When shots rang out last year at a high school in Parkland, Florida, leaving 17 people dead, President Donald Trump quickly turned his thoughts to creating more mental institutions.
When back-to-back mass shootings in Dayton, Ohio, and El Paso, Texas, jolted the nation earlier this month, Trump again spoke of "building new facilities" for the mentally ill as a way to reduce mass shootings.
"We don't have those institutions anymore and people can't get proper care," Trump lamented at a New Hampshire campaign rally not long after the latest shootings.
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Now, in response to Trump's concerns, White House staff members are looking for ways to incorporate the president's desire for more institutions into a long list of other measures aimed at reducing gun violence.
It's the latest example of White House policy aides scrambling to come up with concrete policies or proposals to fill out ideas tossed out by the president. And it's an idea that mental health professionals say reflects outdated thinking on the treatment of mental illness.
Trump sometimes harks back to his earlier years in New York to explain his thinking on preventing future mass shootings. He recently recalled to reporters how mentally ill people ended up on the streets and in jails in New York after the state closed large psychiatric hospitals in the 1960s and 1970s.
"Even as a young guy, I said, 'How does that work? That's not a good thing,'" Trump said.
As the White House looks for ways to fight gun violence, officials have looked at Indiana as one potential model in addressing mental illness.
The state opened a new 159-bed psychiatric hospital in March, Indiana's first in more than 50 years. The hospital is focused on treating patients with the most challenging psychiatric illnesses and then moving them into treatment settings within the community or state mental health system.
Plans for the hospital were announced when Vice President Mike Pence was the state's governor.
"Our prisons have become the state's largest mental health provider," Pence said in 2015. "Today, that begins to change."
But Trump's support for new "mental institutions" is drawing pushback from many in the mental health profession who say that approach would do little to reduce mass shootings in the United States and incorrectly associates mental illness with violence.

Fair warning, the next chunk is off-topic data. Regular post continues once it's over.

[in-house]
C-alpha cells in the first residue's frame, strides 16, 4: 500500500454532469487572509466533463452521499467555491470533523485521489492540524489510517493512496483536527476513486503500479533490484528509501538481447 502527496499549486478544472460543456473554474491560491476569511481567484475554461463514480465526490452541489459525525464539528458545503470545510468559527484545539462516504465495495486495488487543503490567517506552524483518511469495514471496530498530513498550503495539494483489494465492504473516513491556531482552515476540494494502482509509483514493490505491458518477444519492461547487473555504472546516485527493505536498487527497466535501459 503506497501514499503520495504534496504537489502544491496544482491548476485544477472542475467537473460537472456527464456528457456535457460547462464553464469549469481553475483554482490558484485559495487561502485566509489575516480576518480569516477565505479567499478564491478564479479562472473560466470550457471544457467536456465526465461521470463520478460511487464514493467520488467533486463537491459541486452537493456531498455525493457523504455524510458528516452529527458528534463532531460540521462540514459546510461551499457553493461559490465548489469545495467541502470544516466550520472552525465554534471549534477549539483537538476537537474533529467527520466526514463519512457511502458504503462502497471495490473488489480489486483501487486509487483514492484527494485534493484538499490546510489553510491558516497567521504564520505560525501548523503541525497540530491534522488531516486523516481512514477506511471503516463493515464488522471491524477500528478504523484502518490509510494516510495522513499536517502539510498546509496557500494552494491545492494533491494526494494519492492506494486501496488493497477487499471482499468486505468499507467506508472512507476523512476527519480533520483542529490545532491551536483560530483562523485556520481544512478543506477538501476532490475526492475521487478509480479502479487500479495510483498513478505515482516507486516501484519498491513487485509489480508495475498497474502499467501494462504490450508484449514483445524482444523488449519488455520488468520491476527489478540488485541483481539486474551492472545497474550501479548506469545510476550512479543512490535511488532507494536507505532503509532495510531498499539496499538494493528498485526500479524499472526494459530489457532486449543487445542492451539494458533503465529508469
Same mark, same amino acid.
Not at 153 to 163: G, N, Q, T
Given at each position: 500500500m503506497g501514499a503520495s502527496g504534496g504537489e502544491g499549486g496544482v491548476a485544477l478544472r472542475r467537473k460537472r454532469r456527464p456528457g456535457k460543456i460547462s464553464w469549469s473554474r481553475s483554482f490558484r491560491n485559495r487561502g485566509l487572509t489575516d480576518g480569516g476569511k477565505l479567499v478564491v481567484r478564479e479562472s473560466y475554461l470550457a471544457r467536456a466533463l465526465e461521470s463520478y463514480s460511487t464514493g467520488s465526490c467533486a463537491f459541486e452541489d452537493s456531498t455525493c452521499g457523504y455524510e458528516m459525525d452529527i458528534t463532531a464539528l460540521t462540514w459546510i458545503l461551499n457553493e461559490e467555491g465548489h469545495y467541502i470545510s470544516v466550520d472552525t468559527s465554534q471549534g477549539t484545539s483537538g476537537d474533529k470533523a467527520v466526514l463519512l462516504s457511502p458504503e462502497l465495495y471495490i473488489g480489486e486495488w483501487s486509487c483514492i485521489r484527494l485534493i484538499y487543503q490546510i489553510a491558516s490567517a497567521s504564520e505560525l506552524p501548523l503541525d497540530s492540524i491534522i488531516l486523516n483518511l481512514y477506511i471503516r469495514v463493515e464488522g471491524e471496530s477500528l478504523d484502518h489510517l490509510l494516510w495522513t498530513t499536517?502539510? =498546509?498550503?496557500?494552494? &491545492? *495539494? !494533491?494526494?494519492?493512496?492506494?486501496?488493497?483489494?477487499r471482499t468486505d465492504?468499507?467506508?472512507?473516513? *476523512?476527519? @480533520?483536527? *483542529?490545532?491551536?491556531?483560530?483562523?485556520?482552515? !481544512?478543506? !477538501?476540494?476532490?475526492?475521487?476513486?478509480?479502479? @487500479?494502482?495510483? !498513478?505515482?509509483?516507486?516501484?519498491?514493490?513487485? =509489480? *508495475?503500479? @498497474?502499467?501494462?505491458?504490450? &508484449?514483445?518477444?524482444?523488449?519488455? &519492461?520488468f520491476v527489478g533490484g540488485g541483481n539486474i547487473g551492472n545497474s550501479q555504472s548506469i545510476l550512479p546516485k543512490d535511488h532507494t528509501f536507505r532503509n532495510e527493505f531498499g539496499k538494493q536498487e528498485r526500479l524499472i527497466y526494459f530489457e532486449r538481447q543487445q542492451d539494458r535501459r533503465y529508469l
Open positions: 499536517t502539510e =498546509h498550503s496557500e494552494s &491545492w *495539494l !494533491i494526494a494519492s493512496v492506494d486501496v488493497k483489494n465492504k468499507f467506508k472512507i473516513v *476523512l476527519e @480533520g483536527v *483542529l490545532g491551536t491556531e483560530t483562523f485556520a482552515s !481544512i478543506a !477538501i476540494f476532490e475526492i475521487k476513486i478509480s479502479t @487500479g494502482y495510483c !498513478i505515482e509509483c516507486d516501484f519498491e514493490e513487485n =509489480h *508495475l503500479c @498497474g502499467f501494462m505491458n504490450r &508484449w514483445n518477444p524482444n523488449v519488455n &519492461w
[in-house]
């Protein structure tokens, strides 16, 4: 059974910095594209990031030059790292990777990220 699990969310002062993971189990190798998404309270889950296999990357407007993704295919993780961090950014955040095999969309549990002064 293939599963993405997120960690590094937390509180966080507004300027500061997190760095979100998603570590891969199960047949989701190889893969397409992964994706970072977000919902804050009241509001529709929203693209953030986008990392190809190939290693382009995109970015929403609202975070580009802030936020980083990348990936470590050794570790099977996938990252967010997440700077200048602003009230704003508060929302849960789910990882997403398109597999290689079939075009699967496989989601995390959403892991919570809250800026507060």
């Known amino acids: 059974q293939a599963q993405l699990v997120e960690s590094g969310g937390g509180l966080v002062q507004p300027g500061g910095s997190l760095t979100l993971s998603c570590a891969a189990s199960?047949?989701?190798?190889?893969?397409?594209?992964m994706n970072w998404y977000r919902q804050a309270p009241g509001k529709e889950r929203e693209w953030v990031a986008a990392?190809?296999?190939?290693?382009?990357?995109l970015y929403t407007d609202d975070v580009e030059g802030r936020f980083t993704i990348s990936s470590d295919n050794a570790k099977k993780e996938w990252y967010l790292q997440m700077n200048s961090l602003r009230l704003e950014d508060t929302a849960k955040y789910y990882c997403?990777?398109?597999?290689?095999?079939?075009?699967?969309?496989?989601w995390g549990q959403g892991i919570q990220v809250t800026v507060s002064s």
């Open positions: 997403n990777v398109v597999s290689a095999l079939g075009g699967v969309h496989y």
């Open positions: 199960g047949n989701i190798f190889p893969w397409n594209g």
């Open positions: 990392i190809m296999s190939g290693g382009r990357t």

Paul Gionfriddo, president and chief executive of the advocacy group Mental Health America, said Trump is pursuing a 19th century solution to a 21st century problem.
"Anybody with any sense of history understands they were a complete failure. They were money down the drain," said Gionfriddo.
The number of state hospital beds that serve the nation's most seriously ill patients has fallen from more than 550,000 in the 1950s to fewer than 38,000 in the first half of 2016, according to a survey from the Treatment Advocacy Center, which seeks policies to overcome barriers to treatment.
John Snook, the group's executive director, said Trump's language "hasn't been helpful to the broader conversation." But he said the president has hit on an important problem — a shortage of beds for the serious mentally ill.
"There are headlines every day in almost every newspaper talking about the consequences of not having enough hospital beds, huge numbers of people in jails, homelessness and ridiculously high treatment costs because we're trying to help people in crisis care," Snook said.
While Snook is not advocating a return to the 1950s, when there were 337 state hospital beds per 100,000 people in the U.S., he says states went too far in reducing facilities. He said the 2016 level of 11.7 beds per 100,000 people is inadequate.
Gionfriddo agreed more resources for the mentally ill are needed, but said any beds added should go to local, general hospitals, where patients would receive care for a full range of physical and mental illnesses.
That will require more federal money and loosening Medicaid's restrictions on mental health funding, he said. The first part is highly unlikely in the current fiscal environment, with the federal government expected to run a $1 trillion deficit in the next fiscal year.
But the administration has taken steps on the second part of the equation. A longstanding federal law has barred Medicaid from paying for mental health treatment in facilities with more than 16 beds to prevent "warehousing" of the mentally ill at the expense of federal taxpayers.
The administration in recent months said it will allow states to seek waivers from that restriction, provided they can satisfy certain requirements. Such waivers often take years to wind their way through the regulatory process.
The National Association of State Mental Health Program Directors has a different suggestion. After the El Paso and Dayton shootings, it recommended that Congress add $35 million for a block grant program to help states provide more community-based care to people in a mental health crisis.
When he ran for president, Trump issued a position paper on his gun positions that was more in line with what many mental health experts say: "We need to expand treatment programs, because most people with mental health problems aren't violent, they just need help," the paper said. "But for those who are violent, a danger to themselves or others, we need to get them off the street before they can terrorize our communities."
Marvin Swartz, a professor in psychiatry at Duke University, said research has shown that even if society were to cure serious mental illness, total violence would decline by only about 4 percent. He said he's seen no evidence that more psychiatric beds would reduce mass homicides or individual homicides.
"It would be a good thing to have more treatment resources, but the effect on gun violence would be minuscule," Swartz said.
Associated Press writer Jill Colvin contributed to this report.